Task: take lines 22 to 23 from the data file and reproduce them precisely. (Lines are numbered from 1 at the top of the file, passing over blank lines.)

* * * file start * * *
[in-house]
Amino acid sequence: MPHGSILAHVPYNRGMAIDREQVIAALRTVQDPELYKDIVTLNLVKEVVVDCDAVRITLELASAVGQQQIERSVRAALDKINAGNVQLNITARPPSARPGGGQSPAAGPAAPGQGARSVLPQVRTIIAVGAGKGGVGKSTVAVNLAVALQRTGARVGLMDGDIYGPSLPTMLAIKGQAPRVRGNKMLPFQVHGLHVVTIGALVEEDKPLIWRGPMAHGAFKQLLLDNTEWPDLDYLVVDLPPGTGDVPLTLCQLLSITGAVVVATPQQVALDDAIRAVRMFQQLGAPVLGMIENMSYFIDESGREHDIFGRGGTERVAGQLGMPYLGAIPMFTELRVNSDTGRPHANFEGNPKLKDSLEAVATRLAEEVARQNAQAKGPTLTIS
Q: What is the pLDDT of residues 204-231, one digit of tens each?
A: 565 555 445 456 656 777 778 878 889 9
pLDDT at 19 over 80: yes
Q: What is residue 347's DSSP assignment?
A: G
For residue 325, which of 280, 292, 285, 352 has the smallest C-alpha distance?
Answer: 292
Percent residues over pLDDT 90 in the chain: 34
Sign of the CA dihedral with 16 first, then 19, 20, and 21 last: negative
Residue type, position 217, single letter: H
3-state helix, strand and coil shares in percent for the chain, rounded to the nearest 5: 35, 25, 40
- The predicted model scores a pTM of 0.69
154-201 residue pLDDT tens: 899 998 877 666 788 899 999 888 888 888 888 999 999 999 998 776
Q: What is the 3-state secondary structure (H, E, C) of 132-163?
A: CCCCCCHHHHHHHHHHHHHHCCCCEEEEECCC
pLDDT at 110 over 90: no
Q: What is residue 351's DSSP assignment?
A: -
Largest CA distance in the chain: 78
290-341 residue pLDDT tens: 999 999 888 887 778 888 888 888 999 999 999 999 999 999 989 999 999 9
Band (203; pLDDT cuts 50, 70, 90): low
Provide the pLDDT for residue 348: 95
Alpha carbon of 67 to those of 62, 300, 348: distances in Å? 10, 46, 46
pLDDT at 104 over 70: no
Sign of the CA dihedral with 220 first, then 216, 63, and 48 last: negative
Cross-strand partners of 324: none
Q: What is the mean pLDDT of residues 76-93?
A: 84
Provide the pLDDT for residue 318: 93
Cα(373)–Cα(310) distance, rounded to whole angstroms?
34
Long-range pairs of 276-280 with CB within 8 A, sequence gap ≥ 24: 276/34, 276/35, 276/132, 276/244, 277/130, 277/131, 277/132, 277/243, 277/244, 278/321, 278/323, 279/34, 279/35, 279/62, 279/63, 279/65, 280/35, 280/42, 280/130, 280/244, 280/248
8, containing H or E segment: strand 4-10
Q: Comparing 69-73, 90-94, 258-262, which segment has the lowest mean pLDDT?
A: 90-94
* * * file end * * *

290-341 residue pLDDT tens: 999 999 888 887 778 888 888 888 999 999 999 999 999 999 989 999 999 9
Band (203; pLDDT cuts 50, 70, 90): low